# Ancient Mathematics: India

Ancient Indian mathematicians a proposed positional decimal system that was developed into contemporary decimal numerals. They calculated precise geometrical constructions for sacrificial altars in forms of square, circle, semicircle, isosceles triangle, and isosceles trapezoid, as described in Sulba Sutras (7th-3rd c BCE). Indian mathematicians introduced combinatorics around 4th c BCE. Starting from the 5th c CE, they introduced trigonometry, and since the 6th c CE considered negative solutions for square equations. In the early 16th c, they introduced series for functions sin x, cos x, and arctg x, and performed accurate trigonometric calculations two centuries before European mathematicians.

#### DELIVERY MODE

• Face-to-Face

• T. S. Bhanu Murthy. A Modern Introduction to Ancient Indian Mathematics. New Age International, 1993

#### COURSE OUTLINE

• Origin and development of Indian decimal numeral systems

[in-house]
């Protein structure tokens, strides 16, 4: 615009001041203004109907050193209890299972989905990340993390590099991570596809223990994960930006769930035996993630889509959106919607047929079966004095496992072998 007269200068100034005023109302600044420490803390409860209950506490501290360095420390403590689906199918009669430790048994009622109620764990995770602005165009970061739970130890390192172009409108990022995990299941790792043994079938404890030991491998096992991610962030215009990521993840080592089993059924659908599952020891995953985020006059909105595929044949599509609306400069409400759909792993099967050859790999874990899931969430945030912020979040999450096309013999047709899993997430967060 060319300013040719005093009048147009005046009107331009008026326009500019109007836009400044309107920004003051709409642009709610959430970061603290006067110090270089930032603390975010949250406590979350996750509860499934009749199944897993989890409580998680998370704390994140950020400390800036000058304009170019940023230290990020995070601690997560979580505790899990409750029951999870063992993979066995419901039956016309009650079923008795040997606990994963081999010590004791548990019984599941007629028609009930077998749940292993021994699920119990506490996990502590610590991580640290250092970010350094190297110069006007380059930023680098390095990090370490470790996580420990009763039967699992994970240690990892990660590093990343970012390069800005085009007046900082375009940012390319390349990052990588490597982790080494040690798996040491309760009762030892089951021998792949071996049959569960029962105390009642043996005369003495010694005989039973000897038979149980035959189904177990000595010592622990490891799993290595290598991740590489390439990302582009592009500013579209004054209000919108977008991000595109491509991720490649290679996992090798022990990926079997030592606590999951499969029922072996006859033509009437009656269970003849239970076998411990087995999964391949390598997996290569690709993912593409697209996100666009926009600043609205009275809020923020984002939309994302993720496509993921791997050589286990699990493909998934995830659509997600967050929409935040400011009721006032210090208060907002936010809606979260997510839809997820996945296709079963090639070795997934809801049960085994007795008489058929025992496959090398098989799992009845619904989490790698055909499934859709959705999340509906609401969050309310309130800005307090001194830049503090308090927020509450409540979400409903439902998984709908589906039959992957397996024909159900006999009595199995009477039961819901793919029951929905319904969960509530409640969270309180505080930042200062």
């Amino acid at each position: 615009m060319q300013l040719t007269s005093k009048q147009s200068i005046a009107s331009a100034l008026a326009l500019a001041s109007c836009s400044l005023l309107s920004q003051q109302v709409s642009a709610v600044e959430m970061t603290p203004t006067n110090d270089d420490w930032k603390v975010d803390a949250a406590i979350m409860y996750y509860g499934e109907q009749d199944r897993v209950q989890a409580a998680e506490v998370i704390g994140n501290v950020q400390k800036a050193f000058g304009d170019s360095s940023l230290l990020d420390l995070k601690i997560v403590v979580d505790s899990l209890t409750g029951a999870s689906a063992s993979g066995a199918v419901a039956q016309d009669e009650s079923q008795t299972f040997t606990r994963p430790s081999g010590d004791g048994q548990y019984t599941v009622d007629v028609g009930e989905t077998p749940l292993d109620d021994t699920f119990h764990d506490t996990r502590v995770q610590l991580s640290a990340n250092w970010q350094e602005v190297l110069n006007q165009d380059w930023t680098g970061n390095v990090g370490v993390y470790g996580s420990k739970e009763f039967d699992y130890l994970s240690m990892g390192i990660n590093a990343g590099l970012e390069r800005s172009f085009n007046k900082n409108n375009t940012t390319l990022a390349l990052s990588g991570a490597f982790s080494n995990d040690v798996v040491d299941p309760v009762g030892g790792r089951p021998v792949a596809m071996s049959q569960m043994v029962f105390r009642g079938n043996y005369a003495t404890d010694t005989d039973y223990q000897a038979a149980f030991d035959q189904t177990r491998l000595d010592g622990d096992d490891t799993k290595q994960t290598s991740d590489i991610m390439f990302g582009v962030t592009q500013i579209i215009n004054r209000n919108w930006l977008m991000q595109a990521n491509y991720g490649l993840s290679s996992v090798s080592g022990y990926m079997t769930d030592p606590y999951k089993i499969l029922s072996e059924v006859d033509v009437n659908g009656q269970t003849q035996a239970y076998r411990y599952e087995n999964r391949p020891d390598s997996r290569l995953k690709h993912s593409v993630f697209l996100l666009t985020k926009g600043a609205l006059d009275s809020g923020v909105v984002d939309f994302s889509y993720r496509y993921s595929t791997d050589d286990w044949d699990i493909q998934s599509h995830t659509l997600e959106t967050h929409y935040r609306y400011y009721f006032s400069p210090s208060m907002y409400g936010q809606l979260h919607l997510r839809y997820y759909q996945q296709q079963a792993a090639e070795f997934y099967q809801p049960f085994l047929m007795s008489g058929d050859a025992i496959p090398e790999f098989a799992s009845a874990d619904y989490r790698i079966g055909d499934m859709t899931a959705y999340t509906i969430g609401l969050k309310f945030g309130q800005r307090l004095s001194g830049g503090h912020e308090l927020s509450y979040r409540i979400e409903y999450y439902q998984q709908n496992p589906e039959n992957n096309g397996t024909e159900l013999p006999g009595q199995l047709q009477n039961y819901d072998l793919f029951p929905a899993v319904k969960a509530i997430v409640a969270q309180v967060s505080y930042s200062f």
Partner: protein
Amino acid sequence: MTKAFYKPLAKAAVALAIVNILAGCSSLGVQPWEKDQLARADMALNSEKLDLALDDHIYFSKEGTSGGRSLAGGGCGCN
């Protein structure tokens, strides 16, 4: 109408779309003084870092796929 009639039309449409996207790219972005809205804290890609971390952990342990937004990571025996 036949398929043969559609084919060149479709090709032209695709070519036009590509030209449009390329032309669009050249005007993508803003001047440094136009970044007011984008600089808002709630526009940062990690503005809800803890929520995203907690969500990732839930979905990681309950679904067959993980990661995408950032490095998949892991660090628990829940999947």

• Sulba Sutras
• Drawing of a square, half area square, rectangle
• Areas of a circle, semicircle, isosceles triangle, and isosceles trapezoid
• Approximations for Pi
• Jain mathematics: calculations of circumference and segments
• The beginnings of trigonometry
• Introducing combinatorics
• Negative solutions for square equations
• Madhava and the Kerala School of Mathematics (14 c CE)
• Series for trigonometric functions

#### PLANNED LEARNING OUTCOMES

By the end of this course, students should be able to:

1. Know origin of contemporary decimal numeral system from Indian Brahmi numbers.
2. Know main names of Ancient Indian mathematicians.
3. Know basic mathematical problems described in Sulba Sutras.
4. Know basics of Jain mathematics.
5. Know origins of the trigonometric terms.
6. Acquaintance with the achievements of the Kerala School of Mathematics.
\$65 Limited

<p>Ancient Indian mathematicians a proposed positional decimal system that was developed into contemporary decimal numerals. They calculated precise geometrical constructions for sacrificial altars in

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